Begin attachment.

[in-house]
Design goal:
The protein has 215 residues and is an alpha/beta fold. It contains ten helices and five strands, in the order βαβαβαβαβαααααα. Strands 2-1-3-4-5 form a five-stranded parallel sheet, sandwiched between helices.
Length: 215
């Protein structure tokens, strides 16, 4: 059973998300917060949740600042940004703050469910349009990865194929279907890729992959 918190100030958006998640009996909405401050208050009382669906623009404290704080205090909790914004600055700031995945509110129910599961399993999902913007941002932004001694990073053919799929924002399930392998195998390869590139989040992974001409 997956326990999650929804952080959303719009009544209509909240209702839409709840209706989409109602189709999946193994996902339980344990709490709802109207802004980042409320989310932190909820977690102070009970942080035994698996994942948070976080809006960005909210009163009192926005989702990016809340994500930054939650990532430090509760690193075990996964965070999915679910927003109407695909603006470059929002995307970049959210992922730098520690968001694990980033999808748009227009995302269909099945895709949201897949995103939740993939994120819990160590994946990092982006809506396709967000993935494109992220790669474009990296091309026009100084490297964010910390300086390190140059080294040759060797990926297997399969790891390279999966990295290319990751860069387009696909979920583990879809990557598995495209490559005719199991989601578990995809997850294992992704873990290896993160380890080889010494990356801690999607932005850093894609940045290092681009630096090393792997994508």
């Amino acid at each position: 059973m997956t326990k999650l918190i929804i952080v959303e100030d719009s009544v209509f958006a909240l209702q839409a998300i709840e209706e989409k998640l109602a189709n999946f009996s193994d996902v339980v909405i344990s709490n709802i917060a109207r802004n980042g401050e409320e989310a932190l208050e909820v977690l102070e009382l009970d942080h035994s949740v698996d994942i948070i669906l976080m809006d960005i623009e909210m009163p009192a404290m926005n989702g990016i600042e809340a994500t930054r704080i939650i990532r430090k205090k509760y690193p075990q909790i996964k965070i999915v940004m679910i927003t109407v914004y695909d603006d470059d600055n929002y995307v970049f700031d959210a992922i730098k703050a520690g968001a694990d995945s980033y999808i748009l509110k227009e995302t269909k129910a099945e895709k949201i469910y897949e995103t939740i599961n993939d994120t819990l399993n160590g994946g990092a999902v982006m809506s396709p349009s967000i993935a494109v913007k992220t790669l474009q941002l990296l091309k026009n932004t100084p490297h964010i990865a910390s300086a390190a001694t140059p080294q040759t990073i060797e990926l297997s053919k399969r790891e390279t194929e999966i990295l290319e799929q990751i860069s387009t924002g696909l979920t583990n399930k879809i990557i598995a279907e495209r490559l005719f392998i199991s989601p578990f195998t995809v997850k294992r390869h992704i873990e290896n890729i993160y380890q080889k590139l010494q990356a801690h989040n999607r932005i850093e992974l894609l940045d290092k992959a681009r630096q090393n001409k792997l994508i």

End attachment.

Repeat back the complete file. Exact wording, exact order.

[in-house]
Design goal:
The protein has 215 residues and is an alpha/beta fold. It contains ten helices and five strands, in the order βαβαβαβαβαααααα. Strands 2-1-3-4-5 form a five-stranded parallel sheet, sandwiched between helices.
Length: 215
């Protein structure tokens, strides 16, 4: 059973998300917060949740600042940004703050469910349009990865194929279907890729992959 918190100030958006998640009996909405401050208050009382669906623009404290704080205090909790914004600055700031995945509110129910599961399993999902913007941002932004001694990073053919799929924002399930392998195998390869590139989040992974001409 997956326990999650929804952080959303719009009544209509909240209702839409709840209706989409109602189709999946193994996902339980344990709490709802109207802004980042409320989310932190909820977690102070009970942080035994698996994942948070976080809006960005909210009163009192926005989702990016809340994500930054939650990532430090509760690193075990996964965070999915679910927003109407695909603006470059929002995307970049959210992922730098520690968001694990980033999808748009227009995302269909099945895709949201897949995103939740993939994120819990160590994946990092982006809506396709967000993935494109992220790669474009990296091309026009100084490297964010910390300086390190140059080294040759060797990926297997399969790891390279999966990295290319990751860069387009696909979920583990879809990557598995495209490559005719199991989601578990995809997850294992992704873990290896993160380890080889010494990356801690999607932005850093894609940045290092681009630096090393792997994508």
């Amino acid at each position: 059973m997956t326990k999650l918190i929804i952080v959303e100030d719009s009544v209509f958006a909240l209702q839409a998300i709840e209706e989409k998640l109602a189709n999946f009996s193994d996902v339980v909405i344990s709490n709802i917060a109207r802004n980042g401050e409320e989310a932190l208050e909820v977690l102070e009382l009970d942080h035994s949740v698996d994942i948070i669906l976080m809006d960005i623009e909210m009163p009192a404290m926005n989702g990016i600042e809340a994500t930054r704080i939650i990532r430090k205090k509760y690193p075990q909790i996964k965070i999915v940004m679910i927003t109407v914004y695909d603006d470059d600055n929002y995307v970049f700031d959210a992922i730098k703050a520690g968001a694990d995945s980033y999808i748009l509110k227009e995302t269909k129910a099945e895709k949201i469910y897949e995103t939740i599961n993939d994120t819990l399993n160590g994946g990092a999902v982006m809506s396709p349009s967000i993935a494109v913007k992220t790669l474009q941002l990296l091309k026009n932004t100084p490297h964010i990865a910390s300086a390190a001694t140059p080294q040759t990073i060797e990926l297997s053919k399969r790891e390279t194929e999966i990295l290319e799929q990751i860069s387009t924002g696909l979920t583990n399930k879809i990557i598995a279907e495209r490559l005719f392998i199991s989601p578990f195998t995809v997850k294992r390869h992704i873990e290896n890729i993160y380890q080889k590139l010494q990356a801690h989040n999607r932005i850093e992974l894609l940045d290092k992959a681009r630096q090393n001409k792997l994508i």